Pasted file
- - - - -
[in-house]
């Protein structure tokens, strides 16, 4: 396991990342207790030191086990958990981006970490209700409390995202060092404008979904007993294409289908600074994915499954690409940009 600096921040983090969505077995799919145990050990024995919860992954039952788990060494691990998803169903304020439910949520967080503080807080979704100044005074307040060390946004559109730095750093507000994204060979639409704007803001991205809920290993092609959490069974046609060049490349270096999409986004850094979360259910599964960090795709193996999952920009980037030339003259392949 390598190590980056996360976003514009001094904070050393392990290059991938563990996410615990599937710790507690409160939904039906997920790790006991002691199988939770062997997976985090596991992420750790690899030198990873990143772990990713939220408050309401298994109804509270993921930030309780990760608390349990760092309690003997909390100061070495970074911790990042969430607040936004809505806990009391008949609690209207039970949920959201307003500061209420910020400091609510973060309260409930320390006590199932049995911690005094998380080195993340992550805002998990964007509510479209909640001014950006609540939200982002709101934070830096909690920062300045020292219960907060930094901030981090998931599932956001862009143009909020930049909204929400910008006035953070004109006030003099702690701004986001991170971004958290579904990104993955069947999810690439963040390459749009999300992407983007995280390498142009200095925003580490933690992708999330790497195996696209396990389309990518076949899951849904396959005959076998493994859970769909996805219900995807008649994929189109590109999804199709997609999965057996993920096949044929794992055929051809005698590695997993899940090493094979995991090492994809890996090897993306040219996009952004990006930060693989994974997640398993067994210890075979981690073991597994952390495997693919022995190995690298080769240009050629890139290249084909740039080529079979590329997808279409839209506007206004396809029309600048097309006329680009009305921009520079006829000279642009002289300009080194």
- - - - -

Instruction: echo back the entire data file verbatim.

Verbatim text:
[in-house]
């Protein structure tokens, strides 16, 4: 396991990342207790030191086990958990981006970490209700409390995202060092404008979904007993294409289908600074994915499954690409940009 600096921040983090969505077995799919145990050990024995919860992954039952788990060494691990998803169903304020439910949520967080503080807080979704100044005074307040060390946004559109730095750093507000994204060979639409704007803001991205809920290993092609959490069974046609060049490349270096999409986004850094979360259910599964960090795709193996999952920009980037030339003259392949 390598190590980056996360976003514009001094904070050393392990290059991938563990996410615990599937710790507690409160939904039906997920790790006991002691199988939770062997997976985090596991992420750790690899030198990873990143772990990713939220408050309401298994109804509270993921930030309780990760608390349990760092309690003997909390100061070495970074911790990042969430607040936004809505806990009391008949609690209207039970949920959201307003500061209420910020400091609510973060309260409930320390006590199932049995911690005094998380080195993340992550805002998990964007509510479209909640001014950006609540939200982002709101934070830096909690920062300045020292219960907060930094901030981090998931599932956001862009143009909020930049909204929400910008006035953070004109006030003099702690701004986001991170971004958290579904990104993955069947999810690439963040390459749009999300992407983007995280390498142009200095925003580490933690992708999330790497195996696209396990389309990518076949899951849904396959005959076998493994859970769909996805219900995807008649994929189109590109999804199709997609999965057996993920096949044929794992055929051809005698590695997993899940090493094979995991090492994809890996090897993306040219996009952004990006930060693989994974997640398993067994210890075979981690073991597994952390495997693919022995190995690298080769240009050629890139290249084909740039080529079979590329997808279409839209506007206004396809029309600048097309006329680009009305921009520079006829000279642009002289300009080194």